I was fortunate to present at this year’s annual conference for the California Association for Licensed Professional Clinical Counselors (CALPCC) in San Francisco, CA, March 20-21, 2018. The conference had a social justice theme, focusing in the historically marginalized communities. My presentation examined women in the workplace as targets of misogynistic microaggressions. Following are the abstract, outline, and introduction of my presentation.
In spite of decades-old legal mandates, recent media have revealed a persistent misogyny among the powerful male ranks in nearly every work sector, particularly government, business, and entertainment. Modeling these leaders, hostility throughout all levels of the organization can permeate. Sometimes this hostility is blatant and more easily identified. Other times it appears more subtle, in the form of microaggressions, the everyday verbal, nonverbal, and environmental slights, snubs, or insults… which communicate hostile, derogatory, or negative messages. An entire generation removed from the ERA movement, it seems as if the American workplace has slipped backwards. This presentation looks at the historical context, today’s multigenerational misogynic backlash, and the intervening workplace applications that can help mitigate abuse and foster organizational health.
- Historical Context of ERA movement
- Misogyny in the workplace
- Three forms of microaggressions
- Ten types of gender-based microaggressions
- Three territories of microaggression intervention
For decades, laws have prohibited sexual discrimination in the workplace. “The Civil Rights Acts, as well as the Equal Pay Act of 1963, prohibit discrimination based on sex” (Aamodt, 2016). Yet, in spite of the decades-old legal mandates, gender diversity continues to be a major concern. In a sobering 2017 report, Woman in the workplace, Consulting giant Mckinsey&Company, revealed that little progress has been made when it comes to workplace gender diversity.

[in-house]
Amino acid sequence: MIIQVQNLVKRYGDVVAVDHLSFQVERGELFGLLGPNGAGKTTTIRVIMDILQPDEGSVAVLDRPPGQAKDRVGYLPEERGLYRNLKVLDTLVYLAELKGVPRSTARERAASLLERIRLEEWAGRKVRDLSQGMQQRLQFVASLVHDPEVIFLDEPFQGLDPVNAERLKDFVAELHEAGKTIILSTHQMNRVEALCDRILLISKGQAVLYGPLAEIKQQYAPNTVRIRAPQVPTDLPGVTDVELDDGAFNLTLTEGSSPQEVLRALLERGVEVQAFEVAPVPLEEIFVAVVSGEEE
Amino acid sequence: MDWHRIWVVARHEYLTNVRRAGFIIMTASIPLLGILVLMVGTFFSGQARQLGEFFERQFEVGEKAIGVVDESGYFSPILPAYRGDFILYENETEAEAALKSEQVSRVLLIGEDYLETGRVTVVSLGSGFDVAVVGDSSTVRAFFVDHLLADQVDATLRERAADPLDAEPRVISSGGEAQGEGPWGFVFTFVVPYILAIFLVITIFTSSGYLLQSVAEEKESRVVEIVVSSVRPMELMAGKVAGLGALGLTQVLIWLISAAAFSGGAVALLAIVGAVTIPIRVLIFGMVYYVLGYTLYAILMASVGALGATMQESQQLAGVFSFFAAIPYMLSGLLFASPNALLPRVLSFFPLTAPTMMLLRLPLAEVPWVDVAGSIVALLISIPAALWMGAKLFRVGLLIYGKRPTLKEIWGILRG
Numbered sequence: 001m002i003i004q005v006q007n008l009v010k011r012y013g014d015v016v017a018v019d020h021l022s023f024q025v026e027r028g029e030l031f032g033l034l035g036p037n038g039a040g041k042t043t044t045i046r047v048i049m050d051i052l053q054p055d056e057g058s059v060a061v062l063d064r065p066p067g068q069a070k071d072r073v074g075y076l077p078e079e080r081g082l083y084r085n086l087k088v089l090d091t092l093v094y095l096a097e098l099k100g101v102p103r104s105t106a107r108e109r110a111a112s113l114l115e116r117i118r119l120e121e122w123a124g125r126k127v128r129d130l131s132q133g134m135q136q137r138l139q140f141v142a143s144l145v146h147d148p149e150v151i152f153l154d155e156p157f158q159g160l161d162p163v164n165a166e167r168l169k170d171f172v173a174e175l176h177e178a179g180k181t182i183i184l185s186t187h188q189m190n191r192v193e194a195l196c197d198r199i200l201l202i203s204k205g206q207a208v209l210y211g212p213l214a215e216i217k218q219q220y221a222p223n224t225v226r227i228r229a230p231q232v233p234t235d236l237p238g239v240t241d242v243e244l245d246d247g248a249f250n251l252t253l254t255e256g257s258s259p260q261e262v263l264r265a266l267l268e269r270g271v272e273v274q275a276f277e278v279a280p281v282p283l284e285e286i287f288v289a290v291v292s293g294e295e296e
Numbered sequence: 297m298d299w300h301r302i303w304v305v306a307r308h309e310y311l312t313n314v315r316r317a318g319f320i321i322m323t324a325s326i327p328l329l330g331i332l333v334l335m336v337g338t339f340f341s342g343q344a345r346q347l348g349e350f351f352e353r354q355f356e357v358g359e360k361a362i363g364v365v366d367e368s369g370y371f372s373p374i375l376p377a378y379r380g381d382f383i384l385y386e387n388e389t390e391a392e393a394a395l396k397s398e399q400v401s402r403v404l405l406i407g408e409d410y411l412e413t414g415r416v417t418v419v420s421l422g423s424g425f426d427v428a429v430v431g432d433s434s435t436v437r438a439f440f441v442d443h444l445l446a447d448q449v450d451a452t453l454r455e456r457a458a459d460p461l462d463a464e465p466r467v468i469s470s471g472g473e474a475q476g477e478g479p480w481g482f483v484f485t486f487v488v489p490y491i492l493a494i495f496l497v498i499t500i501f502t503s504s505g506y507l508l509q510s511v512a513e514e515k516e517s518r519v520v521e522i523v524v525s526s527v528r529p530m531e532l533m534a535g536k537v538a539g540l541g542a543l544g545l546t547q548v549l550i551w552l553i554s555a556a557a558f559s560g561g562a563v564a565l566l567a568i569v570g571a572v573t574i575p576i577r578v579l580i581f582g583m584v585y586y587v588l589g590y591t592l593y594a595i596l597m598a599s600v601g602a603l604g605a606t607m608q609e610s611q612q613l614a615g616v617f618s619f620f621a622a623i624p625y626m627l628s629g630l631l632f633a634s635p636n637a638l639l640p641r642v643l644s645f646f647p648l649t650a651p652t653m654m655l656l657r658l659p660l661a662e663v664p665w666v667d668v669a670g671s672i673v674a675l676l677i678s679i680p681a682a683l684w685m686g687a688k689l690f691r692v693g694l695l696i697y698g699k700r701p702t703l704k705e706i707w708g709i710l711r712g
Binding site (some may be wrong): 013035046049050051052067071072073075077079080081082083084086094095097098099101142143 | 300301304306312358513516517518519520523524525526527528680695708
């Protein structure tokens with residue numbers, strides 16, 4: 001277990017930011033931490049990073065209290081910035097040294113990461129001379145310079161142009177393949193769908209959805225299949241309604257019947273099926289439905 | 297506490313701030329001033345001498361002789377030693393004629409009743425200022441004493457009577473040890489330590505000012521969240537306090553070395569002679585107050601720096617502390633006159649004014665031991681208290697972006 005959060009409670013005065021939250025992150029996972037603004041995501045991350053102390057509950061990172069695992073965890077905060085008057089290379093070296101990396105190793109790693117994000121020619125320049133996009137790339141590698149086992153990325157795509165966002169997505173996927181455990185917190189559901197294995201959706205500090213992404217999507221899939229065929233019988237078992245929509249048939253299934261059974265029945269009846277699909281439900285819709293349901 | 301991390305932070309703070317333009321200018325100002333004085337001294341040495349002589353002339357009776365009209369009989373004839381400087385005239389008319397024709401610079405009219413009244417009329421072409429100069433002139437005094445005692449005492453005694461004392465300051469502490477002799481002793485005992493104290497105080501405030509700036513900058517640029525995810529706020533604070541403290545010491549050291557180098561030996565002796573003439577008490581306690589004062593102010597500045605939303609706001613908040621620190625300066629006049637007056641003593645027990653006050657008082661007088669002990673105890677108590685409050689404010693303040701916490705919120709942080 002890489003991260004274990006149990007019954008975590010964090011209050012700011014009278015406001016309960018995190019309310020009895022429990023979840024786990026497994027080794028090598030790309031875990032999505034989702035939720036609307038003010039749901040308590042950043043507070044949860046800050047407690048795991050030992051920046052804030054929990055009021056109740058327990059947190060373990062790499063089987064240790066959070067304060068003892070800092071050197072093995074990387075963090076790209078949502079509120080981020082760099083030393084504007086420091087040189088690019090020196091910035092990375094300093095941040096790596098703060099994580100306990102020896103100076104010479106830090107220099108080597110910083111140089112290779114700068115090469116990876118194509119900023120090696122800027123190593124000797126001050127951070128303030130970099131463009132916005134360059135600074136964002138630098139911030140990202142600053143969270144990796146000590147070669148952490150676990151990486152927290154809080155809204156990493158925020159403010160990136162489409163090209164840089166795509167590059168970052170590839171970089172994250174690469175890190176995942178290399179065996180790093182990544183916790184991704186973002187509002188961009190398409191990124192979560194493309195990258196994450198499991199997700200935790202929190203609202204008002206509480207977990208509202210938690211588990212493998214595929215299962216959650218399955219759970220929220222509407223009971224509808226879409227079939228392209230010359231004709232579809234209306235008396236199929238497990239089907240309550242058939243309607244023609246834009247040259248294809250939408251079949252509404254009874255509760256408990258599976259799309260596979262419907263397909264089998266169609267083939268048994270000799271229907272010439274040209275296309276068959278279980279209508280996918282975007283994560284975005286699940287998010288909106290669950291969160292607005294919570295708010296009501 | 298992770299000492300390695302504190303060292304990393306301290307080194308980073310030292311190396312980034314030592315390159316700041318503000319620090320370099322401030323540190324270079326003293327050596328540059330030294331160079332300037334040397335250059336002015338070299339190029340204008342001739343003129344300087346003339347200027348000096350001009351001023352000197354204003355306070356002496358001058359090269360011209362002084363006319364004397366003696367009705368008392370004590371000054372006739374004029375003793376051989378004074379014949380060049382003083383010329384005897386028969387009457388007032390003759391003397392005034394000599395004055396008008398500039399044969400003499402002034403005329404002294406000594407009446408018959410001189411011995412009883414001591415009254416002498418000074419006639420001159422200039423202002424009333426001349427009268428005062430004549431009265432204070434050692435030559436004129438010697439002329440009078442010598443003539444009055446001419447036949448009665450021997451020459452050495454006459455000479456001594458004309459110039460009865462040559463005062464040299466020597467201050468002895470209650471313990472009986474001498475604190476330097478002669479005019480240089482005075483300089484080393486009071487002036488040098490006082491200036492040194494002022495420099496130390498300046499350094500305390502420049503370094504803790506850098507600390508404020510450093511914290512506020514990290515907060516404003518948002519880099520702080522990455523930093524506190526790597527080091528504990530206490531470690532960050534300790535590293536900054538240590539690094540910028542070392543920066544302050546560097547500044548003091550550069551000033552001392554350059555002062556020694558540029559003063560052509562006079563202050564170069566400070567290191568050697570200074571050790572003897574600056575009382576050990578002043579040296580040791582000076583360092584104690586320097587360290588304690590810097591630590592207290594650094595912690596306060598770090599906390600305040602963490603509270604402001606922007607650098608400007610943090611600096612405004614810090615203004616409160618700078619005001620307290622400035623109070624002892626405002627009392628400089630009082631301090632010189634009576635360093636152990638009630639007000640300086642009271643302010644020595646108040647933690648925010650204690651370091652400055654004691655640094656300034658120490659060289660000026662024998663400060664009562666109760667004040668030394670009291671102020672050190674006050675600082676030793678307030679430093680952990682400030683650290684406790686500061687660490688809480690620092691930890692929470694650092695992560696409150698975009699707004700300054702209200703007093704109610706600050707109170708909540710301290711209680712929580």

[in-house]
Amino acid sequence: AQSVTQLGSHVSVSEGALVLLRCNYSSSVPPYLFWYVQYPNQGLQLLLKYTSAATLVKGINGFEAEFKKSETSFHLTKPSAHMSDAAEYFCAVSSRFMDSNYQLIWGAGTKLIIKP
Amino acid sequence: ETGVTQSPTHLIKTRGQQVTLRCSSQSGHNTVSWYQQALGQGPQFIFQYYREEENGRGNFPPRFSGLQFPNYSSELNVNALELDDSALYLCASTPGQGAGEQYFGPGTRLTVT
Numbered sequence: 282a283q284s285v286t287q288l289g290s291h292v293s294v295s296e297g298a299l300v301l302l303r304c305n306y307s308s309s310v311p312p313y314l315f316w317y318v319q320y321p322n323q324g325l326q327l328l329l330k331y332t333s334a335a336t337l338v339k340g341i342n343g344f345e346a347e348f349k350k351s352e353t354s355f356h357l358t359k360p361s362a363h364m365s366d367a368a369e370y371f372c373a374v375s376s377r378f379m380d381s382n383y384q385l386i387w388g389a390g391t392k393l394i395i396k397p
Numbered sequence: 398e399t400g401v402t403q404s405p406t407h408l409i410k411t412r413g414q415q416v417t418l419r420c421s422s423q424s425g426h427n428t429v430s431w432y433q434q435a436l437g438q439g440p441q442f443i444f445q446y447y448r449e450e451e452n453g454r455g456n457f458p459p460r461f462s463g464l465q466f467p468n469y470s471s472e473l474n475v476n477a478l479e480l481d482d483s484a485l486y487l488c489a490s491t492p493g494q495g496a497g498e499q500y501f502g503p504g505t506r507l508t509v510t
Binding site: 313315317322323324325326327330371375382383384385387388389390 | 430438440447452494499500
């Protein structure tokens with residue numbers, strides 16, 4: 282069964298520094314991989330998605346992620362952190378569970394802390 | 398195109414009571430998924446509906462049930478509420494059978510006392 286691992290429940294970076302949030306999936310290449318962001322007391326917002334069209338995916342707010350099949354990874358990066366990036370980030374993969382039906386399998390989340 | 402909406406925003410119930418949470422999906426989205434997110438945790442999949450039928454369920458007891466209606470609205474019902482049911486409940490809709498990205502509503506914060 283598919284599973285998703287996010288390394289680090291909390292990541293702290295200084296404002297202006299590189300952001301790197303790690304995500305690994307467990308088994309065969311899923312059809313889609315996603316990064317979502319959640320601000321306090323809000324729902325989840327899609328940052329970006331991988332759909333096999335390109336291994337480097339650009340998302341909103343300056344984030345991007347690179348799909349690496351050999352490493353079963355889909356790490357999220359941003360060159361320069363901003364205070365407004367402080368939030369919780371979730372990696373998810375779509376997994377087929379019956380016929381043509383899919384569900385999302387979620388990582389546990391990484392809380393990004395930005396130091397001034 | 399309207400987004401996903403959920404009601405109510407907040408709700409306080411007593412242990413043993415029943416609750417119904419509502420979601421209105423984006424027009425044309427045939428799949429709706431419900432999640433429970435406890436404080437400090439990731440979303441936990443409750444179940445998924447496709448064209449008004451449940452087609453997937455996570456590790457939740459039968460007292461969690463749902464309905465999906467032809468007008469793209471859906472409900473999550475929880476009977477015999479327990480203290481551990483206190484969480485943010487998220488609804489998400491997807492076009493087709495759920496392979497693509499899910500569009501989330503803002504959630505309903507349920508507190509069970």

Women remain underrepresented at every level in corporate America, despite earning more college degrees than men for 30 years and counting. There is a pressing need to do more…
In recent months, media have revealed a persistent misogyny among the powerful male ranks in nearly every work sector, particularly government, business, and entertainment. Unfortunately, employees throughout organizations model behavior of its leadership, even when it is discriminatory and demeaning. As social science reveals, “observational learning teaches us that people will observe and then repeat the behavior of models and especially those models who are high status and reinforced for their behavior” (T. Plante, 2017).
Sheryl Sandberg, Chief Operating Officer of Facebook, echoed the alarm. “Thirty years after women became fifty percent of the college graduate in the United State, men still hold the vast majority of leadership positions in government and industry” (S. Sandberg, 2013)
This supposed lack of human capital is said to result in a dearth of qualified women, sometimes called a “pipeline problem.” However, a closer look at the numbers reveals that women are indeed in the pipeline but that the pipeline is leaking. (Northouse, 2016)
When women do assert themselves, and vie for leadership roles, they often experience resistance, sometimes blatant, other times subtle. “Women face significant gender biases and social disincentives when they self-promote and negotiate. Unlike men, for example, self-promoting women are seen as less socially attractive and less hirable” (Northouse, 2016)
Microaggressions are a form of resistant disdain often felt toward aspiring women in the workplace. This subtle form of hostility stemming from this misogynistic resistance, can have just as strong of an impact as more overt forms of harassment. Columbia University psychology professor Dr. Derald Wing Sue explains that:
Microaggressions are the everyday verbal, nonverbal, and environmental slights, snubs, or insults, whether intentional or unintentional, which communicate hostile, derogatory, or negative messages to target persons based solely upon their marginalized group membership.
As I do whenever possible, I took my wife along. The day after the conference ended, we enjoyed a perfect day at Golden Gate Park – quite a breath of fresh air!